Spymaster's blunders may spell end of CIA

JAMES WOOLSEY, director of the CIA, has proved beyond doubt that he is a gentleman. But his refusal to wield the axe in the wake of the Aldrich Ames affair, arguably the worst espionage case in American history, has set in motion a process which could lead to the end of the CIA, at least in its present form.

Little noticed amid the rancorous pre-electoral din issuing from Capitol Hill, the Senate last week launched a bi-partisan initiative for a commission to review the agency's entire role in the post- Cold War world. No limits have been placed on its brief. To all intents and purposes, said the New York Times, a demoralised CIA will be 'a company undergoing a court-supervised bankruptcy re- organisation'.

'Wither The CIA ?' was a question asked here well before revelation of the Ames debacle. Hitherto, the inclination had been to allow the question to be answered primarily by the agency. Now the astoundingly light in-house punishment meted out by Mr Woolsey seems to have convinced Congress and the Clinton administration that the CIA is incapable of putting its house in order.

Last week the long awaited report by the CIA inspector general, Frederick Hitz - compiled largely on the basis of what Ames himself told interrogators during months of questioning after his arrest on 21 February - laid out the appalling truth.

Between 1985 and 1993, Mr Hitz writes, he caused the loss of 'virtually all the CIA's human resources' reporting on the Soviet Union. He ruined much of its work elsewhere in Eastern Europe and revealed to Moscow the identity of scores of CIA staff working under diplomatic and civilian cover. The total damage, says Mr Hitz, was 'truly staggering', including 10 agents executed, 36 neutralised or turned, at least 55 compromised operations, plus general CIA policy and planning documents of huge value given to Soviet and Russian intelligence.

Equally staggering was the CIA's failure to catch Ames. He was lazy, frequently drunk, with a long record of 'no enthusiasm, little regard for the rules, little security consciousness . . . few good work habits, few friends and a bad reputation in terms of integrity, dependability and discretion'. All this was known, as was a lifestyle far beyond his apparent means. Yet Ames's supervisors 'cleaned up after him, found words to praise him' and promoted him to positions which might have been handpicked by the KGB.

Mr Woolsey's response has been almost to turn the other cheek. He has reprimanded only 11 CIA employees, six of them retired. No- one has been sacked or even demoted. That was 'not my way, not CIA's way and not the American way', said Mr Woolsey. An outraged Congress begs to differ.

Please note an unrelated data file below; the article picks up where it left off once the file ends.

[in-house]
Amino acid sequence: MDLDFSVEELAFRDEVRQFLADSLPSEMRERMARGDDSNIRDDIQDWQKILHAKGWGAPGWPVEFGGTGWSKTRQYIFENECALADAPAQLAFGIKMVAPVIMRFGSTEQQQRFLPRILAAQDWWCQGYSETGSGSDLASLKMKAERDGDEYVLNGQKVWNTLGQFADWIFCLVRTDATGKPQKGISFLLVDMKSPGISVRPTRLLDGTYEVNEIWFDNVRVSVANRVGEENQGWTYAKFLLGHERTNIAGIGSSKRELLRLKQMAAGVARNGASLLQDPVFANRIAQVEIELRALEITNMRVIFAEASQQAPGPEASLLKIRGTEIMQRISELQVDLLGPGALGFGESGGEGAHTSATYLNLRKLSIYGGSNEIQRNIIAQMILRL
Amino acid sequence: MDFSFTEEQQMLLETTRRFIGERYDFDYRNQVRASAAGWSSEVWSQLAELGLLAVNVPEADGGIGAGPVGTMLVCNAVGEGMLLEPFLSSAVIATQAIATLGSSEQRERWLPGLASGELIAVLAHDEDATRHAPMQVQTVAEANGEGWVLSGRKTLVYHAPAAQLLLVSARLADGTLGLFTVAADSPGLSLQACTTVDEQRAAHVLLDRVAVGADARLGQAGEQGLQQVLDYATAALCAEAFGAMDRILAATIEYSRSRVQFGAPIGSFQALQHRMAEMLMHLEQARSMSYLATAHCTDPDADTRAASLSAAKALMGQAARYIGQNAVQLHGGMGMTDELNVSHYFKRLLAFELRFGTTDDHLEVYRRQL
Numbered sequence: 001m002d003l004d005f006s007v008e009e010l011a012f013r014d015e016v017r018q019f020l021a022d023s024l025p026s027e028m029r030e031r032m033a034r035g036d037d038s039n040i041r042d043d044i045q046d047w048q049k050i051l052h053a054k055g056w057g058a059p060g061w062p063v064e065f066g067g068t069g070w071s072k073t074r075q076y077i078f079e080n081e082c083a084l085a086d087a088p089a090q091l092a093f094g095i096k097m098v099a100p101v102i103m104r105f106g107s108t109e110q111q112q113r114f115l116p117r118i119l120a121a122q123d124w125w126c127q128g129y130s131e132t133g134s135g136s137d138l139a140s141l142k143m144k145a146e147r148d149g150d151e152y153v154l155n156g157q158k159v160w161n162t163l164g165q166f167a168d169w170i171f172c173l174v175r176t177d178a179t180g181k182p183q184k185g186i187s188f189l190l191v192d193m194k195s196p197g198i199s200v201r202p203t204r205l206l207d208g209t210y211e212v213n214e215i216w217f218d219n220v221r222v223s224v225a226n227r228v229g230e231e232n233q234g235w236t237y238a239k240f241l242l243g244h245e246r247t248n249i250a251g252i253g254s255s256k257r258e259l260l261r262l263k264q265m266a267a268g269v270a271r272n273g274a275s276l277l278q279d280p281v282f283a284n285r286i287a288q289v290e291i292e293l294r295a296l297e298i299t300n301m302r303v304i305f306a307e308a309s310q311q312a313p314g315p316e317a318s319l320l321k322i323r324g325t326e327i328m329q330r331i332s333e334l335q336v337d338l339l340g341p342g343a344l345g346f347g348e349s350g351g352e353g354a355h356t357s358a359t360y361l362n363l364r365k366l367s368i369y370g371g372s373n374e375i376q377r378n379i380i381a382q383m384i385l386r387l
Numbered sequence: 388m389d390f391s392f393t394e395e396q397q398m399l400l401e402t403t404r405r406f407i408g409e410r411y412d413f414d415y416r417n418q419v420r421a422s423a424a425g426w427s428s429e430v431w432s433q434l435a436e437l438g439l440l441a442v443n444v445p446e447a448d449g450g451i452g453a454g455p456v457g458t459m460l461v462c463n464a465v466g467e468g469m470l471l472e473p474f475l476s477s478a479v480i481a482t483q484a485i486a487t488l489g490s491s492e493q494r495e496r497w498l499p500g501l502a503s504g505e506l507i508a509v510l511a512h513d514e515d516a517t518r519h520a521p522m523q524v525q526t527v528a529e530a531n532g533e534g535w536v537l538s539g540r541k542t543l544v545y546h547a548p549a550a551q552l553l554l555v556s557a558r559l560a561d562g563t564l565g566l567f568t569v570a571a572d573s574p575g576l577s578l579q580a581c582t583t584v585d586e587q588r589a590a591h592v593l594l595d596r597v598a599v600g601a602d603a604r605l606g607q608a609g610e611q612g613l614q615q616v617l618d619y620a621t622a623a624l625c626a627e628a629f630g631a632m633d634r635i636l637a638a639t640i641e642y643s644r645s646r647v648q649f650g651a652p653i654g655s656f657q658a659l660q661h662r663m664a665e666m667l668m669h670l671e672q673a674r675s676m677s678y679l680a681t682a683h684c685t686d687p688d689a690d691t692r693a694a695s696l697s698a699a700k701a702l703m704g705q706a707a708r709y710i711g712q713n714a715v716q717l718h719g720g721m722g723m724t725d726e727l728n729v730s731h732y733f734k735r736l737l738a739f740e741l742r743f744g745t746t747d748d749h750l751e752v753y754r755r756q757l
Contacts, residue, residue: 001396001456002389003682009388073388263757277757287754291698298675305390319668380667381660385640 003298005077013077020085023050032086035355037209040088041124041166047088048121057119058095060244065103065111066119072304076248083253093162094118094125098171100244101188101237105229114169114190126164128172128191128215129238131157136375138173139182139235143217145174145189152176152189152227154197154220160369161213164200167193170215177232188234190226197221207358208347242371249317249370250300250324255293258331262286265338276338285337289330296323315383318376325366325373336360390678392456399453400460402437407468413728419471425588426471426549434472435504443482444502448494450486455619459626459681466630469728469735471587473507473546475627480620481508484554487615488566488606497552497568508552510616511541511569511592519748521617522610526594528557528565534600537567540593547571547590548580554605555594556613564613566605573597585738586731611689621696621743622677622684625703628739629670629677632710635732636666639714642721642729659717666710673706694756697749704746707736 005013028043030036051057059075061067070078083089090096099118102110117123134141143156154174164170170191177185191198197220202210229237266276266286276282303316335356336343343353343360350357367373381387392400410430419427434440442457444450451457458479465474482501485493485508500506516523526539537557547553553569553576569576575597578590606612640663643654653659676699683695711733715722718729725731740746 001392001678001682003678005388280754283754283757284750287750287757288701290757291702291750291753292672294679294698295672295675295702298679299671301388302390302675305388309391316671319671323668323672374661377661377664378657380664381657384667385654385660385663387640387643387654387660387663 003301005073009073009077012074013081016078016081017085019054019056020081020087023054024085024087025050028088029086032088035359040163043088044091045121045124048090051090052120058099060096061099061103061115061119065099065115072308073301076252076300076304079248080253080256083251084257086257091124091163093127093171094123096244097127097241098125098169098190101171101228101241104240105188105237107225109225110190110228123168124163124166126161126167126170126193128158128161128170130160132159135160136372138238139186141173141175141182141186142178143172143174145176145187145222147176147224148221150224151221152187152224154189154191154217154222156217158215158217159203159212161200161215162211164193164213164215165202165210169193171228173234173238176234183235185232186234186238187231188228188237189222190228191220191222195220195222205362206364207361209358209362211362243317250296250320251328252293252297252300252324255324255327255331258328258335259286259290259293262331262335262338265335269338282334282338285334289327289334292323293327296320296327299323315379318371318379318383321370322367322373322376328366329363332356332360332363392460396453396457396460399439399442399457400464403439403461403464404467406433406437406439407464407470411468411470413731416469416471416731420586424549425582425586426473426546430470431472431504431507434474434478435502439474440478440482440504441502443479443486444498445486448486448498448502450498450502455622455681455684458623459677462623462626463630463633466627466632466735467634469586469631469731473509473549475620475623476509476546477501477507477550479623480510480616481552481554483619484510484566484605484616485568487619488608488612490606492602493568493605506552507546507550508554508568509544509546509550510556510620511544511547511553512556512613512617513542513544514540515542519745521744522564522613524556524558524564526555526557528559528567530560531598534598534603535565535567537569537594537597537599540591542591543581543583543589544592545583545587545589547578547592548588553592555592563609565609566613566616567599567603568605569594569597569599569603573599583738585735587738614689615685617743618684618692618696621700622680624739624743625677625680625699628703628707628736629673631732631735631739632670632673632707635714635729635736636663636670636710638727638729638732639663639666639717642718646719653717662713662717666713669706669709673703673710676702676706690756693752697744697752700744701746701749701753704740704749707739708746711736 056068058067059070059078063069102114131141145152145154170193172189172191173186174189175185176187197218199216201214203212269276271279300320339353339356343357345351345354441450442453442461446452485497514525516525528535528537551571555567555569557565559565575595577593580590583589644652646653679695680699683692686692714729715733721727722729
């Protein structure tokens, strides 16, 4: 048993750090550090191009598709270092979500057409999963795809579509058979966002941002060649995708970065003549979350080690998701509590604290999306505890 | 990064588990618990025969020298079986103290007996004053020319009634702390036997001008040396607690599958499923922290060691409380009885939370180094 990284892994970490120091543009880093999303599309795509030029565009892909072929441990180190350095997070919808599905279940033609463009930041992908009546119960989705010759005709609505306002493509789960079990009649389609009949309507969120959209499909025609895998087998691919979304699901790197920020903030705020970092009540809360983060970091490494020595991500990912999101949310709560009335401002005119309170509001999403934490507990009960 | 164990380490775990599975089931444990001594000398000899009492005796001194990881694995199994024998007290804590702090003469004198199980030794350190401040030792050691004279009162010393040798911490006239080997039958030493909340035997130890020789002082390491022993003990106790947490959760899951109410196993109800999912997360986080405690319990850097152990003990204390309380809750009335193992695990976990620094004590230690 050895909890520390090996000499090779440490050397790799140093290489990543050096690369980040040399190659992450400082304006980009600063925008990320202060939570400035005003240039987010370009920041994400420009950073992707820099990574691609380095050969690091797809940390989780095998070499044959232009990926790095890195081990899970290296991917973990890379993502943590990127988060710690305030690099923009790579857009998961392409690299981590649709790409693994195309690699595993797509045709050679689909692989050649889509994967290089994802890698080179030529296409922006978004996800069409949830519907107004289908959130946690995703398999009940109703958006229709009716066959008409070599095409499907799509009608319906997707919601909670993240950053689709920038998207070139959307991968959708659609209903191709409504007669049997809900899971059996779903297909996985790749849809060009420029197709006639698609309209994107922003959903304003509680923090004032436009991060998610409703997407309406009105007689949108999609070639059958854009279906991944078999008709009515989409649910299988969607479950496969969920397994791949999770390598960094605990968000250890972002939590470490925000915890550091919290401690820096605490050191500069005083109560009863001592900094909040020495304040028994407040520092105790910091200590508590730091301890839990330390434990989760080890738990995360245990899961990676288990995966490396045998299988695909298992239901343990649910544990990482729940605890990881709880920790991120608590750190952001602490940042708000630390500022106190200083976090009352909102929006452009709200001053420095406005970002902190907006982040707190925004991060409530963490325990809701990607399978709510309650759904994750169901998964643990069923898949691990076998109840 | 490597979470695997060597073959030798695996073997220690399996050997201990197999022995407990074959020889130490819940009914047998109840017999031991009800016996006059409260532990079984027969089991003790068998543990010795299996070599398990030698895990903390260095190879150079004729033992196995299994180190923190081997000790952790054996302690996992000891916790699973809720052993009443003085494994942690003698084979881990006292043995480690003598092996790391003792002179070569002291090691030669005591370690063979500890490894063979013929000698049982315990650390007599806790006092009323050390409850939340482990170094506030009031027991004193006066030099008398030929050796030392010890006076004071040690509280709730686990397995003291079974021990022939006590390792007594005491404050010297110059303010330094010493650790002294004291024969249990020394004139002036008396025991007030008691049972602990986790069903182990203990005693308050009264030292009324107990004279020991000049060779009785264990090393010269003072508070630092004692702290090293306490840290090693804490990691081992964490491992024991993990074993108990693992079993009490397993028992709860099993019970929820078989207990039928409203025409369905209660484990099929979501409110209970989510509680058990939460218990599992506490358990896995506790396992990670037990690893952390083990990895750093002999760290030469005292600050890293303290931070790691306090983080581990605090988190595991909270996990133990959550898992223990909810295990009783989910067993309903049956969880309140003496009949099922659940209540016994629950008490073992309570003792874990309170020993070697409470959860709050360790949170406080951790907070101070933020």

This week, the Senate Intelligence Committee will produce its own report and recommendations. Whatever it decides, those who favour a complete revamp of the structure of American intelligence services will have more grist for their mill. The Ames disaster may have been unique, but even beforehand the CIA was reeling from troubles enough: Iran-Contra, its slowness in spotting the weaknesses of the old Soviet Union, and two lawsuits by former and present female employees claiming discrimination and abuse of women, at what they claim was little more than a hard-drinking Old Boys Club.

Suddenly the long-standing proposals to dismantle the CIA from Senator Daniel Patrick Moynihan and others, presented well before the Ames affair came to light, no longer look far-fetched. Under these blueprints, the agency's analytical and research side would go to the State Department, while the Pentagon would take over spying and paramilitary activities. The FBI, meanwhile, would exclusively handle mole-hunting.

The FBI, indeed, is one of the few to emerge with some credit from the Ames debacle. It first alerted the CIA in the mid-1980s about his suspicious contacts with Soviet officials.

At the very least, big cuts are on the way. President Bill Clinton is committed to take dollars 7bn ( pounds 4.5bn) out of the dollars 28bn annual intelligence budget by 1998.

Only dollars 3bn of this is spent on the CIA proper: the lion's share is believed to go on electronic eavesdropping. But the cost of its disgrace will be borne across the intelligence community.